Arnold's attack on the poor

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As usual, Robert Cruickshank at Calitics has it exactly right: The governor's budget isn't just bloody and brutal, it's a direct attack on poor people -- and an effort to divide the interests of the poor and the middle class. If the new round of budget cuts had continued to hit public schools, higher education, state parks and other things that benefit the middle class and the people who are slightly better off, there might be a huge public backlash. Read more »

An environmental and worker disaster

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Dick Meister, former labor editor of the SF Chronicle and KQED-TV Newsroom, has covered labor and politics for a half-century


It‘s coming up on 10 o’clock in the evening aboard a massive oil rig, the Deepwater Horizon, 130 miles off the Louisiana coast in the Gulf of Mexico. It’s Tuesday, April 20. The rig sways gently in the calm waters. Then, suddenly . . . BOOM!

A huge explosion rocks the rig, releasing tons of oil that soon will spread over an area of at least 2,500 square miles. Of course it’s an environmental disaster, probably the worst oil spill ever. That’s what draws massive attention from the media. But what of the workers aboard the rig, who suffered terrible trauma, serious injury and death? Read more »

Never mind the budget, Gavin's worried about himself

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So this afternoon, the governor released a truly horrifying mid-year budget revise, a bloody proposal that would eliminate CALWORKS, the state's major welfare program, and cut billions out of other essential services. Calitics puts it nicely:Read more »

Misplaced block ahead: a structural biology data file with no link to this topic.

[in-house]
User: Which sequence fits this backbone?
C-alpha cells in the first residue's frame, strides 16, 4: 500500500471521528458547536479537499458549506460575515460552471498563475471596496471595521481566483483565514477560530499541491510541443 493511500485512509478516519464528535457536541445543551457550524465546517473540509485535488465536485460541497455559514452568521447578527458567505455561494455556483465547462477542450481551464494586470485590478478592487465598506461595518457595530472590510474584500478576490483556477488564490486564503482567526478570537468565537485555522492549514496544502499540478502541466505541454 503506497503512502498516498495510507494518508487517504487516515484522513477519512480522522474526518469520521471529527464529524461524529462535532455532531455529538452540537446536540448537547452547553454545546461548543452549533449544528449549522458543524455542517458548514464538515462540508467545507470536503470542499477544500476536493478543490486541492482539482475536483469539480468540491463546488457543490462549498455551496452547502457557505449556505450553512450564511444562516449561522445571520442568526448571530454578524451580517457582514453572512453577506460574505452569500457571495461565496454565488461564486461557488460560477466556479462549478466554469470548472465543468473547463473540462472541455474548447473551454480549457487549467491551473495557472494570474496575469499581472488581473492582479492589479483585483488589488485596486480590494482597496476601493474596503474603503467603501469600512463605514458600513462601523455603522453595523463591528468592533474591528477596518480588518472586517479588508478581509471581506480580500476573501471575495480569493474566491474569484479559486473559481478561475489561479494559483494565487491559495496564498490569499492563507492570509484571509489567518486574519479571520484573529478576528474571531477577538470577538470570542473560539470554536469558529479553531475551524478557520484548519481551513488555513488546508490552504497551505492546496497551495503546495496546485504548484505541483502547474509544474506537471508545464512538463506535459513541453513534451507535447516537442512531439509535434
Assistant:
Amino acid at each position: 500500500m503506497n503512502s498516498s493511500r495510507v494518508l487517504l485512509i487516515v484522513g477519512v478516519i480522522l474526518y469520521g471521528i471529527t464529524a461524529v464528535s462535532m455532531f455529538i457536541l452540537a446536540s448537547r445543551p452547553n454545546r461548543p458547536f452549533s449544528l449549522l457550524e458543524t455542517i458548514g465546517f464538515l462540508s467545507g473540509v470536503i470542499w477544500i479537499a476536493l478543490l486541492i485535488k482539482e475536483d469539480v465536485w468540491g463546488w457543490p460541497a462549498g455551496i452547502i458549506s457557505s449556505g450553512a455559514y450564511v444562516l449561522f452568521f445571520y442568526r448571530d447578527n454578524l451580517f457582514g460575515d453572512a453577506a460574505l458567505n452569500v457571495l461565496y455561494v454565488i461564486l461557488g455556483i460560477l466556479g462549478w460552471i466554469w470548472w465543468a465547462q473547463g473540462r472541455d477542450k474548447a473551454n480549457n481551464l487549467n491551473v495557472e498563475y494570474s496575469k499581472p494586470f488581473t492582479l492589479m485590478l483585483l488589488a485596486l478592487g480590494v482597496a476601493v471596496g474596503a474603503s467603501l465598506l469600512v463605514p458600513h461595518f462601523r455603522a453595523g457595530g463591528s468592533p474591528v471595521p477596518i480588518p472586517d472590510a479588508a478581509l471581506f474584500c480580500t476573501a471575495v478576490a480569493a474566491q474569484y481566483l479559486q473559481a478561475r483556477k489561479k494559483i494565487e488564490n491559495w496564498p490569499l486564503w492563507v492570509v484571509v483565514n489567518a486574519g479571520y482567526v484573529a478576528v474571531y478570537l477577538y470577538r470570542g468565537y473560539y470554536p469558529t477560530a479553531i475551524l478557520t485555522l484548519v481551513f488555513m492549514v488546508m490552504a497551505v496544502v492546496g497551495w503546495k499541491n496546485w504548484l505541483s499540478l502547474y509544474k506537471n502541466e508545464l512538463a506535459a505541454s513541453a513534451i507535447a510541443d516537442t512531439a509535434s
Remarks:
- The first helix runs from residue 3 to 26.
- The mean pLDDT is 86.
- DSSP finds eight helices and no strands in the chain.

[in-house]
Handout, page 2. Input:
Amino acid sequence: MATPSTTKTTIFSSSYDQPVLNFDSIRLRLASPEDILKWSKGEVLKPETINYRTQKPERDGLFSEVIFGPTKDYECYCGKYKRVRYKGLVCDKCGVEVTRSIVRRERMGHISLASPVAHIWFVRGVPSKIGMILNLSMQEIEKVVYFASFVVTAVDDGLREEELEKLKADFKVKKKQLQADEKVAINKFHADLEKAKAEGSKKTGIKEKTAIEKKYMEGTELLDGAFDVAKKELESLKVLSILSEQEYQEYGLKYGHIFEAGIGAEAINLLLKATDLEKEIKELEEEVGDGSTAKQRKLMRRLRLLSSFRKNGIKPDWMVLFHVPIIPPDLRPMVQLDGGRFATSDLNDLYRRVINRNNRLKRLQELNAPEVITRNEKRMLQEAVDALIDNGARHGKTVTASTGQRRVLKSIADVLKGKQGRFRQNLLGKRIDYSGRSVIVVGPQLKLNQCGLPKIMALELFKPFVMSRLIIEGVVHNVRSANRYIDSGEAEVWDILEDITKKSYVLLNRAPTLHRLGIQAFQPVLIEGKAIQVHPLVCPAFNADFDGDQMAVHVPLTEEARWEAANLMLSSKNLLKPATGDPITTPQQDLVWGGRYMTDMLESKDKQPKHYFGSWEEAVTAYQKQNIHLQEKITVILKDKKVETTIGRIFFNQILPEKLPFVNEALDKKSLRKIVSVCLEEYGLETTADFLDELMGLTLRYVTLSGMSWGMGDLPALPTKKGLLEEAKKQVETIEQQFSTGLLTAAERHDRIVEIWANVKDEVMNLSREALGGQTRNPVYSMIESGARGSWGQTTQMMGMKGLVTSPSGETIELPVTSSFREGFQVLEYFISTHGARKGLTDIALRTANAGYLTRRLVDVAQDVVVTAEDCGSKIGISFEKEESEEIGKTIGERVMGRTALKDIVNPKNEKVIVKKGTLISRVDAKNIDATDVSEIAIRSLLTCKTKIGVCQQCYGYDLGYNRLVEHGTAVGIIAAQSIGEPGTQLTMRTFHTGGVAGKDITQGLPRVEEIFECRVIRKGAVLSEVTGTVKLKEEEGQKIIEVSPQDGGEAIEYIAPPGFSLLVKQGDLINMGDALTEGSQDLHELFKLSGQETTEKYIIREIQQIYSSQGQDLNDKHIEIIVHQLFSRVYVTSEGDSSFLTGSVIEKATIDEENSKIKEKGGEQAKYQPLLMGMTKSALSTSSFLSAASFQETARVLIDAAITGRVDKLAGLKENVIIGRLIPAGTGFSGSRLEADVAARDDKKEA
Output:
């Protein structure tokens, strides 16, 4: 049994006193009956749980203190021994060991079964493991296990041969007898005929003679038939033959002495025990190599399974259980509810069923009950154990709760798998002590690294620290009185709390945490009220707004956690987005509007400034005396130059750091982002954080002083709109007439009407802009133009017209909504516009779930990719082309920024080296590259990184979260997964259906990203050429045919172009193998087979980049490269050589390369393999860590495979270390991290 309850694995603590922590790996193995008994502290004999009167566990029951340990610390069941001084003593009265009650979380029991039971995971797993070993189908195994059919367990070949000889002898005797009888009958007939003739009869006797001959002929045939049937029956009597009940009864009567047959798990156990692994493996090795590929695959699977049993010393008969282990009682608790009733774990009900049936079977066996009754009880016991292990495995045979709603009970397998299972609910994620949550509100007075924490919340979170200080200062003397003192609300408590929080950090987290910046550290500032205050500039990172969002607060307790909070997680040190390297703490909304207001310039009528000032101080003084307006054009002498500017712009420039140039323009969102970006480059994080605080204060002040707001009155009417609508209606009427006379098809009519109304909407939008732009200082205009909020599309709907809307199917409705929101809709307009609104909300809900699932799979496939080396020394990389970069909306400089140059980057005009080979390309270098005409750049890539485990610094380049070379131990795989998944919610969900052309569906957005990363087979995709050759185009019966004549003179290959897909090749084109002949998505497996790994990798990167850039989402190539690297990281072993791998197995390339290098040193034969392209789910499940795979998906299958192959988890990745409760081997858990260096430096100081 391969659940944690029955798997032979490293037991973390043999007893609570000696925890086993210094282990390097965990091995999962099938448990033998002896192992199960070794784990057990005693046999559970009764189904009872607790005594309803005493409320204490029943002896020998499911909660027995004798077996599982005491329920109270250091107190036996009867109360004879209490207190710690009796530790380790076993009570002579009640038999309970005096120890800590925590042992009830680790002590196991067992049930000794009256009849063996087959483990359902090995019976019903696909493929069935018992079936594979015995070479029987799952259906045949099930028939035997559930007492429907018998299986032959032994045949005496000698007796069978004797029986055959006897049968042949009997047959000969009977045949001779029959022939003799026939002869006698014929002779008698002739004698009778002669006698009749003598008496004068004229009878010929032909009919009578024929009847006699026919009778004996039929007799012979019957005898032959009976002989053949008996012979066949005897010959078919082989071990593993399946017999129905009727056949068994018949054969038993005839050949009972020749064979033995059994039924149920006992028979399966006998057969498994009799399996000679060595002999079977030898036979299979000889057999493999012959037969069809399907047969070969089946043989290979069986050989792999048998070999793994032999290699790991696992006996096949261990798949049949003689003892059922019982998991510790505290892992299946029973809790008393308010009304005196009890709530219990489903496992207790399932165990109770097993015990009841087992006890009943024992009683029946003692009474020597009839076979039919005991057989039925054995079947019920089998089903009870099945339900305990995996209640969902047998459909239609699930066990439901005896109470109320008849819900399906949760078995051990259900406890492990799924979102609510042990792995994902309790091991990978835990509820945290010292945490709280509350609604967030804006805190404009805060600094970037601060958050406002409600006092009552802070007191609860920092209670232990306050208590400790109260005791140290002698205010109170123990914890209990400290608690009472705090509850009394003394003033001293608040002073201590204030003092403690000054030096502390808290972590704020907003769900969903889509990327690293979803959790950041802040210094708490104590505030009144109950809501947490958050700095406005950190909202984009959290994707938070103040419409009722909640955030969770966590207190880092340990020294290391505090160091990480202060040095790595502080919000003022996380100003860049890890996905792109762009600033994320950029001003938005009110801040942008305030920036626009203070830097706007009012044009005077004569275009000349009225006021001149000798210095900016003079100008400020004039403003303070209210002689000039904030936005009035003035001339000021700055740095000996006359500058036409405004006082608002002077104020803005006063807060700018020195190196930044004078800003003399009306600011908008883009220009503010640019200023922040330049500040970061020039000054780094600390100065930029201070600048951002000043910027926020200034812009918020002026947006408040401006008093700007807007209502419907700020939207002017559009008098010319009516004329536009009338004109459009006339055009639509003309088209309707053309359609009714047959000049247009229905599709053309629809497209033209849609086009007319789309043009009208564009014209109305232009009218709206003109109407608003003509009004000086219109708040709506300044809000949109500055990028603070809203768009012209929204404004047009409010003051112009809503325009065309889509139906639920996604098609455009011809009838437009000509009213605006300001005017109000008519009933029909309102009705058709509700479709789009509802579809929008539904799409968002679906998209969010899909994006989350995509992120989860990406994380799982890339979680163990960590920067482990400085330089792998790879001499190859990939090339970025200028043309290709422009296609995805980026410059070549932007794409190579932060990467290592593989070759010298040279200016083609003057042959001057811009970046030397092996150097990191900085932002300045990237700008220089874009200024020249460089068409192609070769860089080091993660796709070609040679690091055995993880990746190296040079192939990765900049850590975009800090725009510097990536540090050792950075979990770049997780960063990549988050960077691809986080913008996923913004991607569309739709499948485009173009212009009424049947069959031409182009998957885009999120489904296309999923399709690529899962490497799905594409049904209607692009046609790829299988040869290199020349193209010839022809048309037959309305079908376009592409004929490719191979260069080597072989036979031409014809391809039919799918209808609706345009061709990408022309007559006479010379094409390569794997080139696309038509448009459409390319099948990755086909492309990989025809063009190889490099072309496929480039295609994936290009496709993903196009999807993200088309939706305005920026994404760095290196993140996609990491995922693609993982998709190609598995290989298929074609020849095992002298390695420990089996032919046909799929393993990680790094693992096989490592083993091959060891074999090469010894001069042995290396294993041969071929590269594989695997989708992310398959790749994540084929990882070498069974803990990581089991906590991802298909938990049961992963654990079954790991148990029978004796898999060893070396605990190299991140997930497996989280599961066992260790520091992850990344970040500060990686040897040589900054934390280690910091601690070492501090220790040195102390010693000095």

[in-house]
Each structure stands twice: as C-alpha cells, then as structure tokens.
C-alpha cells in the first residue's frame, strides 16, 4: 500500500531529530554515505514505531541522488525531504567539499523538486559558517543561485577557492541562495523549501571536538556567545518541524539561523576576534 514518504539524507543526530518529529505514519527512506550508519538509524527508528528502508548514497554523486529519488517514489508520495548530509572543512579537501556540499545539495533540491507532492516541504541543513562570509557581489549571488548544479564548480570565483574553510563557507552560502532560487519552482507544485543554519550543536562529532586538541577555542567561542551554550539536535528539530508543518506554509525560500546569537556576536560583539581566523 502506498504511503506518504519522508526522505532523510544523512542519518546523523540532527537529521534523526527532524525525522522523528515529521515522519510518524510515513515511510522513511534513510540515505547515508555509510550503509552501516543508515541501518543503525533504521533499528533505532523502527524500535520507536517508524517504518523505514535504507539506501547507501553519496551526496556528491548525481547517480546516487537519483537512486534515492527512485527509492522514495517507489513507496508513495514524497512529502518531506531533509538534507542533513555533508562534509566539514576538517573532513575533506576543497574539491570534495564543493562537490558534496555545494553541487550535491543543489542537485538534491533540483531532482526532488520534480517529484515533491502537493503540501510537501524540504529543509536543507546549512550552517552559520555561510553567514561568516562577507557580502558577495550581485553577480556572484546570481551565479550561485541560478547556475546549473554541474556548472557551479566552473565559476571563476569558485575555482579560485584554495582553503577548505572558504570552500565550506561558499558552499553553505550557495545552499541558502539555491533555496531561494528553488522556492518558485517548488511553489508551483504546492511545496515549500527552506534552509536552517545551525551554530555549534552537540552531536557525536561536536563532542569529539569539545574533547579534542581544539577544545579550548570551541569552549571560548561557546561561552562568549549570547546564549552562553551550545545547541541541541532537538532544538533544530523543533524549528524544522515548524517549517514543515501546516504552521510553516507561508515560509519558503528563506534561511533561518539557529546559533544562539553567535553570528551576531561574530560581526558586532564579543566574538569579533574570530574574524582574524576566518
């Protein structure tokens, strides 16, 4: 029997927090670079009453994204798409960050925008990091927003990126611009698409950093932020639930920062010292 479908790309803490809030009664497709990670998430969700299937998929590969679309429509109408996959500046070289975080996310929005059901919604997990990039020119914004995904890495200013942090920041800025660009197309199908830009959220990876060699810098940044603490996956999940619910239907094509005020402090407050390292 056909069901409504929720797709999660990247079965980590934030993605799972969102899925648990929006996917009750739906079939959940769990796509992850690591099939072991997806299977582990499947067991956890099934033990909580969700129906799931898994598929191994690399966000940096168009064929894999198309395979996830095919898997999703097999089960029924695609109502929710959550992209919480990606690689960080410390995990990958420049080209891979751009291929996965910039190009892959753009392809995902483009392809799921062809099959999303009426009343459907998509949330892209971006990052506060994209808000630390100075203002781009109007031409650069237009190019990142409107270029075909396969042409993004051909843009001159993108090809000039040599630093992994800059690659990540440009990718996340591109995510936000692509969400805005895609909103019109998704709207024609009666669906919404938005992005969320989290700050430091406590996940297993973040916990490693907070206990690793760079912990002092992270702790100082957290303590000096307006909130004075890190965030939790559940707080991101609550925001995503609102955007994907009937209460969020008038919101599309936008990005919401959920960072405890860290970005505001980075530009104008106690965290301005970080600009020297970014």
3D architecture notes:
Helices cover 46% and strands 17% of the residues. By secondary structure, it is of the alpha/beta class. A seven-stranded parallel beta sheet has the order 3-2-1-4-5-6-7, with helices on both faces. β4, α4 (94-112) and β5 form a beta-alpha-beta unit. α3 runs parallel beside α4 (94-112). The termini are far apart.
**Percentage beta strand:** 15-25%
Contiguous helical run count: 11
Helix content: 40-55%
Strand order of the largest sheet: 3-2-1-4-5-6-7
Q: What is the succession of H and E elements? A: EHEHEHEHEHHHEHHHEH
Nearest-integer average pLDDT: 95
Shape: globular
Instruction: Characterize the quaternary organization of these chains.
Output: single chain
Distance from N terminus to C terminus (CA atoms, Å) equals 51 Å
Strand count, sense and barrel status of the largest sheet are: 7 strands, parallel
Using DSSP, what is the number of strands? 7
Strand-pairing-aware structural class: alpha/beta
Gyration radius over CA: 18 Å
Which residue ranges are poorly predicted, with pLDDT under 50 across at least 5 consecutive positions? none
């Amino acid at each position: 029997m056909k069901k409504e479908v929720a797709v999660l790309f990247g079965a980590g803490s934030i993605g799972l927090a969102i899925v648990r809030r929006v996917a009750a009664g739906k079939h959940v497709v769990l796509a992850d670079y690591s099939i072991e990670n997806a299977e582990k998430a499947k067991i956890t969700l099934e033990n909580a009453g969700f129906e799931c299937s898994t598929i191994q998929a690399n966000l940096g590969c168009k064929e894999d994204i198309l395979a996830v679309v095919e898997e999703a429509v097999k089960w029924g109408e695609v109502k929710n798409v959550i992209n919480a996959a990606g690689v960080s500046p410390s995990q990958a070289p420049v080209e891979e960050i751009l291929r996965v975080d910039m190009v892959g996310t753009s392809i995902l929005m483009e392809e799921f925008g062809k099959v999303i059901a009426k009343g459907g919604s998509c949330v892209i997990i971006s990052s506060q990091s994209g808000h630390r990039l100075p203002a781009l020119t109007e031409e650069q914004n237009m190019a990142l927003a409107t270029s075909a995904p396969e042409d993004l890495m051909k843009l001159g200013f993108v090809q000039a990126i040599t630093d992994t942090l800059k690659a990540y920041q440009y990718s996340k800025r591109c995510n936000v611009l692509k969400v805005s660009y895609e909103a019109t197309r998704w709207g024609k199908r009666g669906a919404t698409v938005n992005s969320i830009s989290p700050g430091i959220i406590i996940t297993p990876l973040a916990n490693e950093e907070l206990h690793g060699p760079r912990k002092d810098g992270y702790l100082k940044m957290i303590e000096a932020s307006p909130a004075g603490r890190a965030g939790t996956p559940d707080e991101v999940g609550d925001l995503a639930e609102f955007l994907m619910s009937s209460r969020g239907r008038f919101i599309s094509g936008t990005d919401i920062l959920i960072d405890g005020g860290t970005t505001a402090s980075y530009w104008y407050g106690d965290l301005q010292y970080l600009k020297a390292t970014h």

Pelosi needs to support the Fair Elections Act

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In the wake of the horrible Supreme Court decision in Citizens United, Rep. John Larson of Connecticut has introduced a bill that would reform substantially the way members of Congress are elected. It's not perfect, but it's a big step. The Fair Elections Now Act, H.R. 1826, would create partial public funding for Congressional races, with a 4-1 match for contributions of $100 or less. Read more »

Hayes Valley Farm grows an urban farming community

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Don Wiepert hasn’t always enjoyed the view out his bedroom window as much as he does now. An eight year resident of Oak Street, the senior citizen has a wonderful vantage point of the highway on-ramp covered in potted fruit trees and fava beans by Hayes Valley Farm, where he volunteers on a weekly basis. Before the community farming effort, he says, the parcel of land’s only crops were slightly less savory. Read more »

SFBG Radio: Tim and Johnny on Pelosi and how Newsom could be really green

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Today on SFBG.COM Radio: Tim and Johnny talk about why Nancy Pelosi isn't more of a progressive -- and how Gavin Newsom could follow the lead of a Republican from Utah and cut down dramatically on car use in San Francisco. You can listen after the jump. Read more »

Streets of San Francisco: Benjamin Barnes

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Benjamin Barnes is one of the street musicians interviewed within our "Streets of San Francisco" issue. He's played with Mr. Bungle, DJ Disk, and a host of other musicians and bands, and he teaches music. His current group Swindlefish is playing a show on Sunday, May 16 at 2 p.m. at Caffeinated Comics Company. It's the store's first live music show, though they also have karaoke. Treat your eyes to some comics and your ears to some music. Read more »